NICE announced on 25 March 2014 that it is not recommending ZALTRAP® (aflibercept) to the NHS in England and Wales for the treatment of advanced, metastatic colorectal cancer (mCRC).1 Based on the same basic evidence, aflibercept was approved for use in Scotland on 10 March.2

Dr Rob Glynne-Jones, Consultant Clinical Oncologist, Macmillan Lead Clinician in Gastro-Intestinal Cancer, Northwood commented:
"This is another example of NICE failing cancer patients who are in dire need of innovative medicines. With the future of the CDF uncertain, UK cancer patients will continue to die prematurely if the system remains unchanged. Zaltrap is a novel agent which has produced results that extend life in the later stages of colorectal cancer. It is therefore extremely disappointing that NICE has closed the door on this treatment, particularly when you consider that patients with advanced colorectal cancer have very few options."

Steve Oldfield, Sanofi's Managing Director UK and Ireland commented:
"We are extremely disappointed NICE has not approved aflibercept, particularly given that based on the same basic evidence, the Scottish Medicines Consortium accepted aflibercept. Sanofi wanted NICE to be able to approve aflibercept for patients in England and Wales and offered a patient access scheme as part of the appraisal. "

There is significant clinical demand for aflibercept - since the inclusion of aflibercept on the Cancer Drugs Fund (CDF) in England in May 2013, there have been 321 requests for its use, making it the seventh most requested drug on the CDF within its licensed indication.3 However, funding of drugs on the CDF is not guaranteed and the fund itself is planned to terminate in 2016. Furthermore, the CDF does not apply to Wales and Northern Ireland.

Steve Oldfield added: "The lack of a long-term solution for access to innovative cancer medicines is seriously undermining the UK's ability to maintain its status as a world leader in innovative medical technology. More importantly, it risks cancer patients in England and Wales being unable to access effective new medicines. NICE issued no positive final guidance for cancer medicines in 2013 - it's clear that something needs to change.


Colorectal cancer is the second most common cause of cancer death in the UK.4 In its advanced stages it can become difficult to treat and until now there have been limited treatment options available.5

Aflibercept was approved by the European Commission in February 2013 for use in combination with irinotecan/ 5-fluorouracil/ folinic acid (FOLFIRI) chemotherapy for the treatment of adults with mCRC that is resistant to or has progressed after an oxaliplatin-containing regimen.6 Aflibercept is proven to significantly improve overall survival (OS), progression free survival (PFS) and overall tumour response rate versus placebo plus FOLFIRI chemotherapy in patients with mCRC whose disease has progressed after an oxaliplatin-based regimen.7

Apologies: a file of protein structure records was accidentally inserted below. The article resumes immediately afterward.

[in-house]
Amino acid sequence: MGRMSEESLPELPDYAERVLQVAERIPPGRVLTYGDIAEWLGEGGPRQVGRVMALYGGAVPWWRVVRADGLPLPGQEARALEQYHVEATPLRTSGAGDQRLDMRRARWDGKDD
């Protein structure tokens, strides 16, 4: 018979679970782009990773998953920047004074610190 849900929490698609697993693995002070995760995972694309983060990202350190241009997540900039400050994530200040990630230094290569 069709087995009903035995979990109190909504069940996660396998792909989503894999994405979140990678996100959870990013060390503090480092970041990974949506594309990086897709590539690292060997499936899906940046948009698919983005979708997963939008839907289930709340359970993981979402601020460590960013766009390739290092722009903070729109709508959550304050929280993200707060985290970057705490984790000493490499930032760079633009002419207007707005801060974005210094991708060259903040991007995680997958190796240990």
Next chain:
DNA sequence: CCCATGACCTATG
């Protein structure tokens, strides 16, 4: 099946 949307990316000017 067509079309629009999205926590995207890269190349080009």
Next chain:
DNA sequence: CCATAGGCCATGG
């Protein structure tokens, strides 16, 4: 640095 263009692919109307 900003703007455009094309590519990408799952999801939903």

As the first multiple anti-angiogenic agent of its kind, aflibercept has a novel mode of action that works in a different way to other available treatments8 licensed for use in the UK. Aflibercept works by preventing the formation of new blood vessels within and around a tumour,7 thereby stopping or slowing the spread of cancer.

The VELOUR trial is the only double-blind, randomised study to have demonstrated a statistically significant and clinically meaningful benefit in overall survival, progression free survival and response rate, in combination with FOLFIRI in this setting.7

The Cancer Drugs Fund (CDF)

In order to improve access to new cancer drugs, the Cancer Drugs Fund (CDF) was established in 2010. It provides an additional £200m each year to enable patients with cancer in England to receive access to drugs that are either not routinely available on the NHS or have not been approved or appraised by NICE. Aflibercept is listed on the Cancer Drugs Fund.

NICE's appraisal of aflibercept:

NICE's final negative guidance comes following an Appeal by Sanofi. The basis of the Appeal was that the NICE Committee did not apply special criteria introduced for drugs used at the end of life, despite published data demonstrating that aflibercept does meet these criteria.

In 2009, NICE agreed new criteria for appraising drugs that can extend life for people with advanced cancer. Up to 28 February 2014, NICE had reviewed 46 medicines under these criteria, of which only 12 resulted in positive recommendations for use in the NHS.9 Bowel cancer patients have fared particularly badly, with NICE issuing 'not recommended' guidance for the four most recently appraised medicines suitable for this patient group.1,10 This is set against a backdrop of cancer outcomes in the UK remaining the worst against comparator nations,11 despite the introduction of government reforms.

Upcoming changes to the NICE appraisal process

NICE is set to announce draft proposals for changes to its appraisal criteria to introduce a system of "value-based assessment". However, there have been a number of concerns raised that this new system may not improve access to drugs and could be discriminatory against older patients.